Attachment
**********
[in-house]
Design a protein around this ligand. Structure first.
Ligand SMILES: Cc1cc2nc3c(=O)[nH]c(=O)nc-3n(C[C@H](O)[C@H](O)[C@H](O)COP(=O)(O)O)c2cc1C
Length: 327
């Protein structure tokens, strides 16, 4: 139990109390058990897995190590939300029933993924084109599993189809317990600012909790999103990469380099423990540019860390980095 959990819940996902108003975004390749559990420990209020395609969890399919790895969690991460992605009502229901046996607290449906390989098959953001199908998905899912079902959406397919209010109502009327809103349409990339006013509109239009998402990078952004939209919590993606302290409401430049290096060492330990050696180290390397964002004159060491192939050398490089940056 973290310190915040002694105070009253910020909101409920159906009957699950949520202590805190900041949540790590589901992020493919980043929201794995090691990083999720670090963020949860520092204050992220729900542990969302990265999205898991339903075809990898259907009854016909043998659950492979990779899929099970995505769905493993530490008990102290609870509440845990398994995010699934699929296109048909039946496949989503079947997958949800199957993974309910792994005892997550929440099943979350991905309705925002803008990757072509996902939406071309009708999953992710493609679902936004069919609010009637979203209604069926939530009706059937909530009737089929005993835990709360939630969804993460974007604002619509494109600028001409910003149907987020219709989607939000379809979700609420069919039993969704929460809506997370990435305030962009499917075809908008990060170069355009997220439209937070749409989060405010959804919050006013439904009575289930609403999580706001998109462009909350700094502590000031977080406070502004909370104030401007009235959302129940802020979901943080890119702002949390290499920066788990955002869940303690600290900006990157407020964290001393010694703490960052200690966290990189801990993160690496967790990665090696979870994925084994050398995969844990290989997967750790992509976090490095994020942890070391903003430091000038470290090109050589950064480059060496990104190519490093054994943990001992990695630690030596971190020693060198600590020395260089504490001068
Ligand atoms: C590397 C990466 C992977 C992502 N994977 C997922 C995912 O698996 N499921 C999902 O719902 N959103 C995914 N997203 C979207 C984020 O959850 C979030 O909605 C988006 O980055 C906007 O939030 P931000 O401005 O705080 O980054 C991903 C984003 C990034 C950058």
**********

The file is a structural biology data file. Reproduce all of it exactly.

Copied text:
[in-house]
Design a protein around this ligand. Structure first.
Ligand SMILES: Cc1cc2nc3c(=O)[nH]c(=O)nc-3n(C[C@H](O)[C@H](O)[C@H](O)COP(=O)(O)O)c2cc1C
Length: 327
């Protein structure tokens, strides 16, 4: 139990109390058990897995190590939300029933993924084109599993189809317990600012909790999103990469380099423990540019860390980095 959990819940996902108003975004390749559990420990209020395609969890399919790895969690991460992605009502229901046996607290449906390989098959953001199908998905899912079902959406397919209010109502009327809103349409990339006013509109239009998402990078952004939209919590993606302290409401430049290096060492330990050696180290390397964002004159060491192939050398490089940056 973290310190915040002694105070009253910020909101409920159906009957699950949520202590805190900041949540790590589901992020493919980043929201794995090691990083999720670090963020949860520092204050992220729900542990969302990265999205898991339903075809990898259907009854016909043998659950492979990779899929099970995505769905493993530490008990102290609870509440845990398994995010699934699929296109048909039946496949989503079947997958949800199957993974309910792994005892997550929440099943979350991905309705925002803008990757072509996902939406071309009708999953992710493609679902936004069919609010009637979203209604069926939530009706059937909530009737089929005993835990709360939630969804993460974007604002619509494109600028001409910003149907987020219709989607939000379809979700609420069919039993969704929460809506997370990435305030962009499917075809908008990060170069355009997220439209937070749409989060405010959804919050006013439904009575289930609403999580706001998109462009909350700094502590000031977080406070502004909370104030401007009235959302129940802020979901943080890119702002949390290499920066788990955002869940303690600290900006990157407020964290001393010694703490960052200690966290990189801990993160690496967790990665090696979870994925084994050398995969844990290989997967750790992509976090490095994020942890070391903003430091000038470290090109050589950064480059060496990104190519490093054994943990001992990695630690030596971190020693060198600590020395260089504490001068
Ligand atoms: C590397 C990466 C992977 C992502 N994977 C997922 C995912 O698996 N499921 C999902 O719902 N959103 C995914 N997203 C979207 C984020 O959850 C979030 O909605 C988006 O980055 C906007 O939030 P931000 O401005 O705080 O980054 C991903 C984003 C990034 C950058």